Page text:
James Gerard Pera Aperahama

James Gerard Pera

World War 2

Serial No
Second Lieutenant
Address on enlistment
78 Ghuznee Street, Wellington, New Zealand
Next of kin
Mrs J.O. Aperahama (wife), 29 George Street, Mt. Albert, Auckland, New Zealand

This article appeared in the April 1992 NZ 28 Maori Battalion Reunion booklet.     

No. 35671 - Major James Gerard Pera Aperahama

Born May 9th 1916 - Died July 20th 1991

Born in Tologa Bay, James was the second son of William Pera Aperahama who served in the Maori Pioneer Battalion during the First World War. His mother was Millicent Louise (nee Gerard) of St Heliers, Jersey, Channel Islands. He married Jean Clarke on November 26th 1938, and is survived by her and their two children, John and Louise.

Before the war James with his father and older brother were keen members of the New Zealand Territorials, Onehunga branch. He volunteered in 1940, subsequently serving in North Africa and Italy. During the Italian campaign he was wounded. He returned to New Zealand in 1946, and entered business for himself as a contractor in the building industry. The family after living in Mt Eden for some years, then moved to Whakatane, and finally in 1975 to Taipa, Northland.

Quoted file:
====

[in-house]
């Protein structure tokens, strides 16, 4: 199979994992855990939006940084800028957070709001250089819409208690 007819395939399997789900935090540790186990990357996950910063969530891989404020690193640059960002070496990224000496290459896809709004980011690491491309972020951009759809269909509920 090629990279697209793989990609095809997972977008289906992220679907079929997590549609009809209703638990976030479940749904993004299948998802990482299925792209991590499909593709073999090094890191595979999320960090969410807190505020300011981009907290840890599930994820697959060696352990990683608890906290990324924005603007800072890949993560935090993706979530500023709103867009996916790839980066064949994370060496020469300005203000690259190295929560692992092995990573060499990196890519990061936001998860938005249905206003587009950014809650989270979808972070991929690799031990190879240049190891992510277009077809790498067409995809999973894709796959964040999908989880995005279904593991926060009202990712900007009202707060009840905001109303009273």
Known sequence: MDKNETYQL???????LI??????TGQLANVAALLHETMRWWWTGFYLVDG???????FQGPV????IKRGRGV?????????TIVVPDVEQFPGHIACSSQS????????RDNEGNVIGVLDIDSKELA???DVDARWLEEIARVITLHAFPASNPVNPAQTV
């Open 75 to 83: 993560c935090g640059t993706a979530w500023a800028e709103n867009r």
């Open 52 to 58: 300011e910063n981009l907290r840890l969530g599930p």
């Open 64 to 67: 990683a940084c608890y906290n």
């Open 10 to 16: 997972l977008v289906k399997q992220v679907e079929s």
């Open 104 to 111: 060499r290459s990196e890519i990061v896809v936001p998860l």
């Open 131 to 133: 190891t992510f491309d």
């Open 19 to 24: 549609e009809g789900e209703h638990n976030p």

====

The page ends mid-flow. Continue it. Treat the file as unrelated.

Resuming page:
After he returned James was appointed Justice of the Peace and also a Marriage Celebrant. In this latter field he took great pleasure, and proved popular and sought after, marrying many couples both local and tourists. For some years he organised and acted as M.C to a dance evening held in the Mangonui Memorial Hall. This proved to be very successful and popular. He also gave dancing lessons to the youth of the area. Both the family dance and the lessons were non-profit making. James regarded this as his community effort and considered the pleasure he gained from these activities sufficient reward. When Jean's health made it impossible to continue the dances it was a loss to the community as they had helped fill a gap in an area of limited amusement.

Fishing and writing were two of his main interests. He enjoyed writing and spent much time at it. He contributed to the Battalion Magazine. Due to his failing health he was unable to attend the last Anzac Day Service before his death and contented himself with committing his thoughts to paper.

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